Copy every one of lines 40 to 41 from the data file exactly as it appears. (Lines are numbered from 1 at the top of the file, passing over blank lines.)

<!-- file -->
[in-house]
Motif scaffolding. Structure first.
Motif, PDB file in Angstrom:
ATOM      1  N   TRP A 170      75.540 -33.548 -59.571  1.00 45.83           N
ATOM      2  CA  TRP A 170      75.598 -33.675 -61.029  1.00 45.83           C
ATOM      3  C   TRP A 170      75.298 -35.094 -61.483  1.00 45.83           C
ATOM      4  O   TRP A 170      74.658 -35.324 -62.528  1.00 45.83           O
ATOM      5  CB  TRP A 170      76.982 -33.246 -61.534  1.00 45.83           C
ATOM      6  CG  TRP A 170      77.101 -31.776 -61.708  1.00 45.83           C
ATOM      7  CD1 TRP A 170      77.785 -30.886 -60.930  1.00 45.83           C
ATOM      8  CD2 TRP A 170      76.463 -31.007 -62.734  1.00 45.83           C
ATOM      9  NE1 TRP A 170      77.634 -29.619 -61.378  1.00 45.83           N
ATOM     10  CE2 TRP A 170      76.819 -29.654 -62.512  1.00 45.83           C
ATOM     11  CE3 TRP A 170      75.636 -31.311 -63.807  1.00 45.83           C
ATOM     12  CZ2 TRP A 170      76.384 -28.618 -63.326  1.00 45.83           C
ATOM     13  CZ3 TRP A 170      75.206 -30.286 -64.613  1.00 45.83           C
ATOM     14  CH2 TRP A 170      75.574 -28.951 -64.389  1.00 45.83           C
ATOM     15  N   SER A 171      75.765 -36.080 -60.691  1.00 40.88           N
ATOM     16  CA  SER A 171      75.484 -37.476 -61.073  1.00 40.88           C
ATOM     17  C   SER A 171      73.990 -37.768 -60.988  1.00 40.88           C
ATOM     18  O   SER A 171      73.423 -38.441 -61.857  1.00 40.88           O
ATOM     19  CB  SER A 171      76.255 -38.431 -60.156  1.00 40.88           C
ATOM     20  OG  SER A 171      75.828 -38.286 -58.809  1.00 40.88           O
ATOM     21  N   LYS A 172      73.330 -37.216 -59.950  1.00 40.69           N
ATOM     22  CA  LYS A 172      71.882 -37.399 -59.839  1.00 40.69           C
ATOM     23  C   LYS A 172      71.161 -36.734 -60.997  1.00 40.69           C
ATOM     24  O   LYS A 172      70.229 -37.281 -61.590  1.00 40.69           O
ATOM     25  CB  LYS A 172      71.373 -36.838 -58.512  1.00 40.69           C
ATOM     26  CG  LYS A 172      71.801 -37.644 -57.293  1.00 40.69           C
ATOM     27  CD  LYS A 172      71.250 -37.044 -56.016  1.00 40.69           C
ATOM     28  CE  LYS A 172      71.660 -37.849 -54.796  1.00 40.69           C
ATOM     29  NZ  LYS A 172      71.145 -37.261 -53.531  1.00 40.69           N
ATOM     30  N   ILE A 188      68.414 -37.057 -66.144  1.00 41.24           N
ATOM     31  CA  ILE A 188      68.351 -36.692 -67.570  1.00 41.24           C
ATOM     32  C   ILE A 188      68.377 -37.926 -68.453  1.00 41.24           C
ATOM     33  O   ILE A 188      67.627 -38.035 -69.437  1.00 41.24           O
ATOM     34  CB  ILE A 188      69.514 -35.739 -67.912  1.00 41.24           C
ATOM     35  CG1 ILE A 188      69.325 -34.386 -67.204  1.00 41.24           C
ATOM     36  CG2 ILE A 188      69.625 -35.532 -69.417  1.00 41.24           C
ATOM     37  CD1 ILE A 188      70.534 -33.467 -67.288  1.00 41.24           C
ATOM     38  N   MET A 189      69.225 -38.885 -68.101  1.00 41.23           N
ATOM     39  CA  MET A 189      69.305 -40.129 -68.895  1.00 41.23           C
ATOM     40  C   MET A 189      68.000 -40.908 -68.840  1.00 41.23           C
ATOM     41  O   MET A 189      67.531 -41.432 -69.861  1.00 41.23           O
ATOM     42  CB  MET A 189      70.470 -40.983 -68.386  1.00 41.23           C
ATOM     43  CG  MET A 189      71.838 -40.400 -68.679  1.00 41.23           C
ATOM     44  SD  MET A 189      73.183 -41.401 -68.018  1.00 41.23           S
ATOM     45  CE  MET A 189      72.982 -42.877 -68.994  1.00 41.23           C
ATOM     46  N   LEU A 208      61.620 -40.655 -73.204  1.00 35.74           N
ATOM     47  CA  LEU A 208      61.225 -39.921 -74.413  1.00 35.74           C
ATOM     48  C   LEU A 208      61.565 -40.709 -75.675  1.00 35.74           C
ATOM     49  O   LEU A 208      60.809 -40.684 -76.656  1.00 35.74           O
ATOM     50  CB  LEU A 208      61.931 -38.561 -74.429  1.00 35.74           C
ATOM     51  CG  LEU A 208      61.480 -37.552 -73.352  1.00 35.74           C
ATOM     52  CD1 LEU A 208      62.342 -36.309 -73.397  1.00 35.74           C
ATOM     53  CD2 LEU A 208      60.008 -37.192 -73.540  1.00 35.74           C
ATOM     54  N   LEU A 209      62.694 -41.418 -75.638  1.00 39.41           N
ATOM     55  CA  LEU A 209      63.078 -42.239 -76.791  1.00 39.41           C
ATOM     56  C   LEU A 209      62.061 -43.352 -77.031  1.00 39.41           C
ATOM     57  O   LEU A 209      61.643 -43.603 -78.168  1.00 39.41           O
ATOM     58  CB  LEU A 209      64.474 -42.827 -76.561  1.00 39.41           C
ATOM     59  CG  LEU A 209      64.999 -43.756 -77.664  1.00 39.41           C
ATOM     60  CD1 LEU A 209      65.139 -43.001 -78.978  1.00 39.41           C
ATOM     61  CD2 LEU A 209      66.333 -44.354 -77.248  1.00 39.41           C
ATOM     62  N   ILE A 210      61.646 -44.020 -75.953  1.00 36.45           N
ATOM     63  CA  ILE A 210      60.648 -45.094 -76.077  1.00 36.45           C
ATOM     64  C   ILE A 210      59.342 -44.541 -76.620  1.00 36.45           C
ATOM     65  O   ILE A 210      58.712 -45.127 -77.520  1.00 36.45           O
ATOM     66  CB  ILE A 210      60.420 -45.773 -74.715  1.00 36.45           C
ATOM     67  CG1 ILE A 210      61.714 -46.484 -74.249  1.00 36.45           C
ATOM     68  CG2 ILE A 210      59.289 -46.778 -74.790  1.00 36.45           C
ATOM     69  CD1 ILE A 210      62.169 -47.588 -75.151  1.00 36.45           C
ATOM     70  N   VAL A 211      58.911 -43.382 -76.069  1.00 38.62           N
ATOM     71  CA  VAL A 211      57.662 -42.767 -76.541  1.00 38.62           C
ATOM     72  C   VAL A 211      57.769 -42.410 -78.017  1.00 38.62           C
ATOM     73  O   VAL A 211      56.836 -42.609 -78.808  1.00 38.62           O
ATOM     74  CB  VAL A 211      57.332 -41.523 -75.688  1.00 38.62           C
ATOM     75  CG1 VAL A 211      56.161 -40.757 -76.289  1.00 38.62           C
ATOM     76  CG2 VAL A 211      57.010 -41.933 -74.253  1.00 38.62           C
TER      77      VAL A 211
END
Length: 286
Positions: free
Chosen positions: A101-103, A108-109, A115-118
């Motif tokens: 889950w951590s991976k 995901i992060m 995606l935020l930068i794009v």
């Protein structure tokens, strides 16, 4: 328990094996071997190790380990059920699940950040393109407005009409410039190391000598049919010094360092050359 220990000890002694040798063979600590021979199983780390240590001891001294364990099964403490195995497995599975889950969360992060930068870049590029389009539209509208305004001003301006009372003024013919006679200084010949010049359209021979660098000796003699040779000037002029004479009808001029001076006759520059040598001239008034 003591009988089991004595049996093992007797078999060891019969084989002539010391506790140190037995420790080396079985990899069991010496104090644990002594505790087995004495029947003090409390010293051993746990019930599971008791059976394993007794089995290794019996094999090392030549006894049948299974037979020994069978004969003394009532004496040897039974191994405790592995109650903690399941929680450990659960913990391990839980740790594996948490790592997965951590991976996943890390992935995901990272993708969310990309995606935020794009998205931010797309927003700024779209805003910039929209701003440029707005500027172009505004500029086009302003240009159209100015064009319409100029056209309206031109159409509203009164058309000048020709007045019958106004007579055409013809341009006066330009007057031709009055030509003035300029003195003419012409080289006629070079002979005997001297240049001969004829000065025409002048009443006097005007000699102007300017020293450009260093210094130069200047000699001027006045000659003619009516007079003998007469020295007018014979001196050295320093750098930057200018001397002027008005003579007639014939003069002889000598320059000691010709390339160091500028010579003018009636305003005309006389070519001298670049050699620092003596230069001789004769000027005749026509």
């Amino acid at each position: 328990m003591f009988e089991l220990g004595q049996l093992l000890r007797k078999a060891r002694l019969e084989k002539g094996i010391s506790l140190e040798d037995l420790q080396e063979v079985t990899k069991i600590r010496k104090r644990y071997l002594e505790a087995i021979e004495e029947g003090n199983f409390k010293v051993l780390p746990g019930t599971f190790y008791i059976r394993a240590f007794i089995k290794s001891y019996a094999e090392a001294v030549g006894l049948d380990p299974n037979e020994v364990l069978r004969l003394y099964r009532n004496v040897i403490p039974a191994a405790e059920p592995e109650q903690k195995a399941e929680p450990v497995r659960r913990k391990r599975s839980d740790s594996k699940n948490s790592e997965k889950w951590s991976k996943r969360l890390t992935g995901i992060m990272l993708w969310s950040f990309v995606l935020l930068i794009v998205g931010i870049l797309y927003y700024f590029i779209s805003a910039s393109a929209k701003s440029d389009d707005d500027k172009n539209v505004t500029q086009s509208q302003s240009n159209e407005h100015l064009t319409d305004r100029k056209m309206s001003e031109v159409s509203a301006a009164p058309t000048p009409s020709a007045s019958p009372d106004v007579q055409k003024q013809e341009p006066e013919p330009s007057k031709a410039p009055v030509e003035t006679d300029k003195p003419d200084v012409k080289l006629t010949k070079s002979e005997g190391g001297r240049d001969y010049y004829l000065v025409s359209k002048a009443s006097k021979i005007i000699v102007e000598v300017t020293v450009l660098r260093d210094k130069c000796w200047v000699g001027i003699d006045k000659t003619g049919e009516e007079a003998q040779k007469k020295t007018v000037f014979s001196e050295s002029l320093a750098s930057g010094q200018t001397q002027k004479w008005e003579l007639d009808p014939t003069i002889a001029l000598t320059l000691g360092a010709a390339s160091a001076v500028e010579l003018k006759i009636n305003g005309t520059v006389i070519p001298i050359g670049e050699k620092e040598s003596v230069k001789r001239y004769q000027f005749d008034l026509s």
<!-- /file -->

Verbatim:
ATOM     37  CD1 ILE A 188      70.534 -33.467 -67.288  1.00 41.24           C
ATOM     38  N   MET A 189      69.225 -38.885 -68.101  1.00 41.23           N